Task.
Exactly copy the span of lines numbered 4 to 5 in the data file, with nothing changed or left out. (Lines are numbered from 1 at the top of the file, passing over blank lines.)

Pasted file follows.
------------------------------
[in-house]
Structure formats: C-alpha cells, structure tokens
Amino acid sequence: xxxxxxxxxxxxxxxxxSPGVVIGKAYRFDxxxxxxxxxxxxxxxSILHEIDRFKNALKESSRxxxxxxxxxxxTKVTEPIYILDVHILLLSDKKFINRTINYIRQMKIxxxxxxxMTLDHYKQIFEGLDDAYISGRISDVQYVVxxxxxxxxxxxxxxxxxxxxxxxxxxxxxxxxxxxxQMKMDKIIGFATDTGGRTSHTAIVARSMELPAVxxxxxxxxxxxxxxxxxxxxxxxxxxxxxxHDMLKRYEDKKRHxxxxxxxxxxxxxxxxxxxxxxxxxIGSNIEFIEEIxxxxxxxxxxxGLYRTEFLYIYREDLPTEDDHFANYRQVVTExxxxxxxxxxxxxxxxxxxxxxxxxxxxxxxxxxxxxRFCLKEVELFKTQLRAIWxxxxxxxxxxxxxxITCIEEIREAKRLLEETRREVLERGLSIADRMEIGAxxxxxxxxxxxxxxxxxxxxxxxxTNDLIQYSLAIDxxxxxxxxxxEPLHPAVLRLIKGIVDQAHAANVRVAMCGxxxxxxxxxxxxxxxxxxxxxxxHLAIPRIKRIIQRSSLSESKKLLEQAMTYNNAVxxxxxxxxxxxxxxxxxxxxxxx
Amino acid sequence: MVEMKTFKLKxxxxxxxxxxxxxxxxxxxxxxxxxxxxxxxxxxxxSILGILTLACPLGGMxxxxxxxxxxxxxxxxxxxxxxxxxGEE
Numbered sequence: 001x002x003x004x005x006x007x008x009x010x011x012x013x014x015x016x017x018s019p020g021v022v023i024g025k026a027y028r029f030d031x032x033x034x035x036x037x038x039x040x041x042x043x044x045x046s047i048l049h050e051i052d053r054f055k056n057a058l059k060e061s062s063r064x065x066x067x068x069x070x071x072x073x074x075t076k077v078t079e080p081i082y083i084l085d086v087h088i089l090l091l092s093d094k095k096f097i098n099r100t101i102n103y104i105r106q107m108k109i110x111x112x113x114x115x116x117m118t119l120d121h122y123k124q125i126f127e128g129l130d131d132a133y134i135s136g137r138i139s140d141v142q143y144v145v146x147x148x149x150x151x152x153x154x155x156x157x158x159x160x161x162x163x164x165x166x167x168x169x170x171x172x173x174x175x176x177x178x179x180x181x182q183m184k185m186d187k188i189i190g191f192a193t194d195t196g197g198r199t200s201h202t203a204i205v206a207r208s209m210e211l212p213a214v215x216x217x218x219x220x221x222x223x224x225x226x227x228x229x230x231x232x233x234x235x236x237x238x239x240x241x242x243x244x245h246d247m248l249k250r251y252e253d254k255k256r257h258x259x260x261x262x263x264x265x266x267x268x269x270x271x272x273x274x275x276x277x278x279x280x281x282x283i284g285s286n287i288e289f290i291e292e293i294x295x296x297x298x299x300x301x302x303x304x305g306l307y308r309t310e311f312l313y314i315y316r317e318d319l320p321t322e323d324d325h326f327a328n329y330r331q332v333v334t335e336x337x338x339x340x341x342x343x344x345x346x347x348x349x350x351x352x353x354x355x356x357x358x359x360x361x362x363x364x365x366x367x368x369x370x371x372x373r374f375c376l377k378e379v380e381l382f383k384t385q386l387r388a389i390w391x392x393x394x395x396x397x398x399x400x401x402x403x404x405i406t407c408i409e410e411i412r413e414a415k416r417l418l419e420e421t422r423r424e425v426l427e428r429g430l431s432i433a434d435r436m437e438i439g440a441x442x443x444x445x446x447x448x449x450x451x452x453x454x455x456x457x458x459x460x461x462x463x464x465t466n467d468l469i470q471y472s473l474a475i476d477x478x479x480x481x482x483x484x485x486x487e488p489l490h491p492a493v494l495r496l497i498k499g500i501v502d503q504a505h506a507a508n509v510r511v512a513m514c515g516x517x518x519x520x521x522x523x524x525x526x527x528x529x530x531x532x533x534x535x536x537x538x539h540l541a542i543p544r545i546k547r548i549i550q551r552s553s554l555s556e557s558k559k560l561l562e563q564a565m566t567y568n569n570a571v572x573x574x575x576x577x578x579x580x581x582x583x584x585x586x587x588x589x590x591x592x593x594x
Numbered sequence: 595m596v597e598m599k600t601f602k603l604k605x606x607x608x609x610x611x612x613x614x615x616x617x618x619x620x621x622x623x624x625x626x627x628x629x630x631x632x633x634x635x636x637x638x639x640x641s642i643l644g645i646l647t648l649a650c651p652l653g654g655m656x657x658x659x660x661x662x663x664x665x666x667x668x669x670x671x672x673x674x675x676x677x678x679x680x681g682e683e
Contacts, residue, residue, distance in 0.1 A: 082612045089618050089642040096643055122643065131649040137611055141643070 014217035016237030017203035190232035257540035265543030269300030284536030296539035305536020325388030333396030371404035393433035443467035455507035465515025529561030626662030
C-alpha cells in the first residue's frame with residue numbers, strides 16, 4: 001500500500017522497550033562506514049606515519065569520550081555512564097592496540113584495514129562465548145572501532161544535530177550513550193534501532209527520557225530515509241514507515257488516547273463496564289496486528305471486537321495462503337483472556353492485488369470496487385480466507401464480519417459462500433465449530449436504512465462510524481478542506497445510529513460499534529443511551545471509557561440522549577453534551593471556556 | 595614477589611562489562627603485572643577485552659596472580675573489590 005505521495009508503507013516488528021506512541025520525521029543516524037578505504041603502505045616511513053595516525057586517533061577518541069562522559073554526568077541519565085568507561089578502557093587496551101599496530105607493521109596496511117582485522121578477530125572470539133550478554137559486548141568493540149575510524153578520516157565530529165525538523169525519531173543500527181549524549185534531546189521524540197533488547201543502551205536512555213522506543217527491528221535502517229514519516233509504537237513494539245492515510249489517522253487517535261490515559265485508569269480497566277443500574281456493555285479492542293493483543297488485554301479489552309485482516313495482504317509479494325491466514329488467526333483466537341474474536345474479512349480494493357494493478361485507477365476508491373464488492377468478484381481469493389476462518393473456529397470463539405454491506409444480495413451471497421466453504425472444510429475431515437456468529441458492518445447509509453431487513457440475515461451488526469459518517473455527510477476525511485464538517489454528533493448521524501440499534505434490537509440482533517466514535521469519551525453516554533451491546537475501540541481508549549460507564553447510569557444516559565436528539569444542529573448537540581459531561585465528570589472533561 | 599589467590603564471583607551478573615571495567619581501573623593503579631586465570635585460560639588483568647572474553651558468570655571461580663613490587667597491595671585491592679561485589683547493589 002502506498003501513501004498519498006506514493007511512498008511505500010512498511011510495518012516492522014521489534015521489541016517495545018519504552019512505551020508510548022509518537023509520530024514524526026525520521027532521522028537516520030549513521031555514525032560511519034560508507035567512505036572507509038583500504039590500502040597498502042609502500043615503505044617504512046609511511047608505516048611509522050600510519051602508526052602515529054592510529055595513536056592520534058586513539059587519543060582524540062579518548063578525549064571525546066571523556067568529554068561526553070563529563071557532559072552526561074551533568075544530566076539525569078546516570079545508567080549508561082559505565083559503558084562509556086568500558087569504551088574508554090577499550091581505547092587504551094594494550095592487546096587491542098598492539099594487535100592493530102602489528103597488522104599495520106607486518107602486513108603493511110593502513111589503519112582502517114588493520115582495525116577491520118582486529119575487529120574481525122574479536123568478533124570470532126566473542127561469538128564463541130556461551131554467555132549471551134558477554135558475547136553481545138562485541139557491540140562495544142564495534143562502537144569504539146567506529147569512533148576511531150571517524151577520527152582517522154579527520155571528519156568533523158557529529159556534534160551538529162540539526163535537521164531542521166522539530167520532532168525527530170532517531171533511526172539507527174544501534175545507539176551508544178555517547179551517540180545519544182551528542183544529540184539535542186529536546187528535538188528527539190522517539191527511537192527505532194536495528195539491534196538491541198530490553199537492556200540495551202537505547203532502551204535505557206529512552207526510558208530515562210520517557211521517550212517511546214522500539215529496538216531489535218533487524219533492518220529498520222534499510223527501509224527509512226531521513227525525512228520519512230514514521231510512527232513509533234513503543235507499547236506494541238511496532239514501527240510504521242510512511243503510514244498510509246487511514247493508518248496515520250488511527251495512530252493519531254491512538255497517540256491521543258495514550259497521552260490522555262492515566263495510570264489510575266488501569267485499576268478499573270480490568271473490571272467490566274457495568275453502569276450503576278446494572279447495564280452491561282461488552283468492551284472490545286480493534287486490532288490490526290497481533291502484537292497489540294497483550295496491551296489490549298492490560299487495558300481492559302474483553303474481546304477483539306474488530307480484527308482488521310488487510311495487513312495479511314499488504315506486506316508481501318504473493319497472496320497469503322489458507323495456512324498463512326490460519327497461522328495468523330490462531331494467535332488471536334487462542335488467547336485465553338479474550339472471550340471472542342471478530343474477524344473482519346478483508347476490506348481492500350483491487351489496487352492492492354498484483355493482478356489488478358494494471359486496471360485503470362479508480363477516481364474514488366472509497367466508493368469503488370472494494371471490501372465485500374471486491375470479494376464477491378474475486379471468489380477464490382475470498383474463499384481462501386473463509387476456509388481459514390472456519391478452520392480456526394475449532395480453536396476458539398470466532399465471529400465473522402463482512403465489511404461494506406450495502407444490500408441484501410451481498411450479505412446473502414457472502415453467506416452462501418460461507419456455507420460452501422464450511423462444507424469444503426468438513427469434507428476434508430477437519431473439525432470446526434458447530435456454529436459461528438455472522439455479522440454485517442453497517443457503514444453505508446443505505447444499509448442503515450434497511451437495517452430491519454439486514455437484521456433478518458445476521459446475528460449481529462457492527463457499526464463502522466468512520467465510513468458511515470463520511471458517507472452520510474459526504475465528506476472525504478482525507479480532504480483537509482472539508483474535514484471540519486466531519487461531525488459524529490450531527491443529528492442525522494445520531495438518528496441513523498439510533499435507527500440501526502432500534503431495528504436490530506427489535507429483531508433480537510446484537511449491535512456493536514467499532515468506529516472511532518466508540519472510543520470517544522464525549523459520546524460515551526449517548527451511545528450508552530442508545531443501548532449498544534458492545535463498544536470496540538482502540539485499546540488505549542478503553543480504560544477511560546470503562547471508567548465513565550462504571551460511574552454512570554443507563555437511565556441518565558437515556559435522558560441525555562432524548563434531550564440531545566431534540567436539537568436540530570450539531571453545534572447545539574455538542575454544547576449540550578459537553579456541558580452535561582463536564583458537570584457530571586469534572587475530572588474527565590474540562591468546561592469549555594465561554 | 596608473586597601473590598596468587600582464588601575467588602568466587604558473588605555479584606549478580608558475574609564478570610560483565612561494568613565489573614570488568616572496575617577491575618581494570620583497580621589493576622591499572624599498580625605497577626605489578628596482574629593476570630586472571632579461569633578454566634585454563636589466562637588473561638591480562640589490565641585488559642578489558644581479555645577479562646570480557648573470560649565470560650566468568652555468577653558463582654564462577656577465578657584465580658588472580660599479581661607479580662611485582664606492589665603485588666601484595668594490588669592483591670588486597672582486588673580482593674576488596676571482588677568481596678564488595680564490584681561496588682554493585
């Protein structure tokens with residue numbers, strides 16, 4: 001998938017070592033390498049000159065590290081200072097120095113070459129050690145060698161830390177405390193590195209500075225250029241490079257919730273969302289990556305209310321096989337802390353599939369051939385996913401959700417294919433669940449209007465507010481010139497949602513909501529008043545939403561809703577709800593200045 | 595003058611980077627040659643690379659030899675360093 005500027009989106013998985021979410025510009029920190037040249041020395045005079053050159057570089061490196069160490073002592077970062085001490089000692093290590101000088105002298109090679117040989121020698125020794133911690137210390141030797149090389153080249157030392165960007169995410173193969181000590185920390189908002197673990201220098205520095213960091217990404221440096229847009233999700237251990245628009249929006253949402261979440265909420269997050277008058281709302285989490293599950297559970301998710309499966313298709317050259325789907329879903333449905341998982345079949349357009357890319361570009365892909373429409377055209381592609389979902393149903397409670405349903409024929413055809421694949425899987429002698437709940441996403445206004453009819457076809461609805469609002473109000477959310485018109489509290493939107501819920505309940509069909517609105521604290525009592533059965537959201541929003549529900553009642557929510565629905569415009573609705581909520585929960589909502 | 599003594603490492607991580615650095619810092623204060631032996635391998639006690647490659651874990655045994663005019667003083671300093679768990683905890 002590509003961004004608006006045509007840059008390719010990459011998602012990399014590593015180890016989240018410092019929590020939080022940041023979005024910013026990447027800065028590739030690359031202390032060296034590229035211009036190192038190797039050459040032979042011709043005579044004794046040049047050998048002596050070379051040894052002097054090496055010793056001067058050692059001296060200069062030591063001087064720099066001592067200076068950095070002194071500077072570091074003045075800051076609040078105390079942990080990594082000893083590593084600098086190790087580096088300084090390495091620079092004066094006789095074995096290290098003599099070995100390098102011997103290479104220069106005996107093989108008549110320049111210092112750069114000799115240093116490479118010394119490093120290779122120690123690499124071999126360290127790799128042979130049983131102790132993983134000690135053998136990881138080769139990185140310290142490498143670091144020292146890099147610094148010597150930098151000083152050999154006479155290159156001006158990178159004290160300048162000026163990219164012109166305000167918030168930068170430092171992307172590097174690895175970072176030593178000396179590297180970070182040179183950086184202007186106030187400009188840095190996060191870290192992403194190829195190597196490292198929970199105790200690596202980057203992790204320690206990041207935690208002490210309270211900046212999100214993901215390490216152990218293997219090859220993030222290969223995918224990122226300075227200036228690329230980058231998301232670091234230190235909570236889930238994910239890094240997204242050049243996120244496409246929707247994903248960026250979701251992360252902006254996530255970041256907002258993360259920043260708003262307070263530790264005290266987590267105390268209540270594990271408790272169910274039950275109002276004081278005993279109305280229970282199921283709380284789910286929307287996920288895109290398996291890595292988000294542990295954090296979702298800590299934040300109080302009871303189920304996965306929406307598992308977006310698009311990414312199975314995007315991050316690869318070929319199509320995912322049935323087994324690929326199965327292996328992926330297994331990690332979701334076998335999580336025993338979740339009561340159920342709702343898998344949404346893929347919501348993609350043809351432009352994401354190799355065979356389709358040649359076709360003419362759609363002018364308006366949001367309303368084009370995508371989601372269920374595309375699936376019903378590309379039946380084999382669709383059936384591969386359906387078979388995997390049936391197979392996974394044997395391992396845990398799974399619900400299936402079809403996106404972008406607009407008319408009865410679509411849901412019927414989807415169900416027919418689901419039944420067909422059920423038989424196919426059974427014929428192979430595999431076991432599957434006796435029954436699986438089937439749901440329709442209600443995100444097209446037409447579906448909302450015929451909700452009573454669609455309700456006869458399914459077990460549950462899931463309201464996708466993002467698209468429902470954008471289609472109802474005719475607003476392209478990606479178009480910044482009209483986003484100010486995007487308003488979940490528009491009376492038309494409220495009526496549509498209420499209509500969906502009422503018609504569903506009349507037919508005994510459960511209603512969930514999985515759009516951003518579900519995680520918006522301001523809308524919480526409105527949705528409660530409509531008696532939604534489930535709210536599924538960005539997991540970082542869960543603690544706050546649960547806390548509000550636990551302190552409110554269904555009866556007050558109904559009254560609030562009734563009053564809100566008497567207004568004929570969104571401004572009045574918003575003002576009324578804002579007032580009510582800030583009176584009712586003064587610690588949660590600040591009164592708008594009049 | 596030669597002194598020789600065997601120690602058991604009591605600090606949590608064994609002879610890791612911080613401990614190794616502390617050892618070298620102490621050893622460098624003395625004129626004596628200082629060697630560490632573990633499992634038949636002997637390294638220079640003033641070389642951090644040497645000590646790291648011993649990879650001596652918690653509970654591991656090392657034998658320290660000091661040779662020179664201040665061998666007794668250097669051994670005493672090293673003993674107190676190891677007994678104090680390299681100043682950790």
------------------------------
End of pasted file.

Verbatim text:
Amino acid sequence: MVEMKTFKLKxxxxxxxxxxxxxxxxxxxxxxxxxxxxxxxxxxxxSILGILTLACPLGGMxxxxxxxxxxxxxxxxxxxxxxxxxGEE
Numbered sequence: 001x002x003x004x005x006x007x008x009x010x011x012x013x014x015x016x017x018s019p020g021v022v023i024g025k026a027y028r029f030d031x032x033x034x035x036x037x038x039x040x041x042x043x044x045x046s047i048l049h050e051i052d053r054f055k056n057a058l059k060e061s062s063r064x065x066x067x068x069x070x071x072x073x074x075t076k077v078t079e080p081i082y083i084l085d086v087h088i089l090l091l092s093d094k095k096f097i098n099r100t101i102n103y104i105r106q107m108k109i110x111x112x113x114x115x116x117m118t119l120d121h122y123k124q125i126f127e128g129l130d131d132a133y134i135s136g137r138i139s140d141v142q143y144v145v146x147x148x149x150x151x152x153x154x155x156x157x158x159x160x161x162x163x164x165x166x167x168x169x170x171x172x173x174x175x176x177x178x179x180x181x182q183m184k185m186d187k188i189i190g191f192a193t194d195t196g197g198r199t200s201h202t203a204i205v206a207r208s209m210e211l212p213a214v215x216x217x218x219x220x221x222x223x224x225x226x227x228x229x230x231x232x233x234x235x236x237x238x239x240x241x242x243x244x245h246d247m248l249k250r251y252e253d254k255k256r257h258x259x260x261x262x263x264x265x266x267x268x269x270x271x272x273x274x275x276x277x278x279x280x281x282x283i284g285s286n287i288e289f290i291e292e293i294x295x296x297x298x299x300x301x302x303x304x305g306l307y308r309t310e311f312l313y314i315y316r317e318d319l320p321t322e323d324d325h326f327a328n329y330r331q332v333v334t335e336x337x338x339x340x341x342x343x344x345x346x347x348x349x350x351x352x353x354x355x356x357x358x359x360x361x362x363x364x365x366x367x368x369x370x371x372x373r374f375c376l377k378e379v380e381l382f383k384t385q386l387r388a389i390w391x392x393x394x395x396x397x398x399x400x401x402x403x404x405i406t407c408i409e410e411i412r413e414a415k416r417l418l419e420e421t422r423r424e425v426l427e428r429g430l431s432i433a434d435r436m437e438i439g440a441x442x443x444x445x446x447x448x449x450x451x452x453x454x455x456x457x458x459x460x461x462x463x464x465t466n467d468l469i470q471y472s473l474a475i476d477x478x479x480x481x482x483x484x485x486x487e488p489l490h491p492a493v494l495r496l497i498k499g500i501v502d503q504a505h506a507a508n509v510r511v512a513m514c515g516x517x518x519x520x521x522x523x524x525x526x527x528x529x530x531x532x533x534x535x536x537x538x539h540l541a542i543p544r545i546k547r548i549i550q551r552s553s554l555s556e557s558k559k560l561l562e563q564a565m566t567y568n569n570a571v572x573x574x575x576x577x578x579x580x581x582x583x584x585x586x587x588x589x590x591x592x593x594x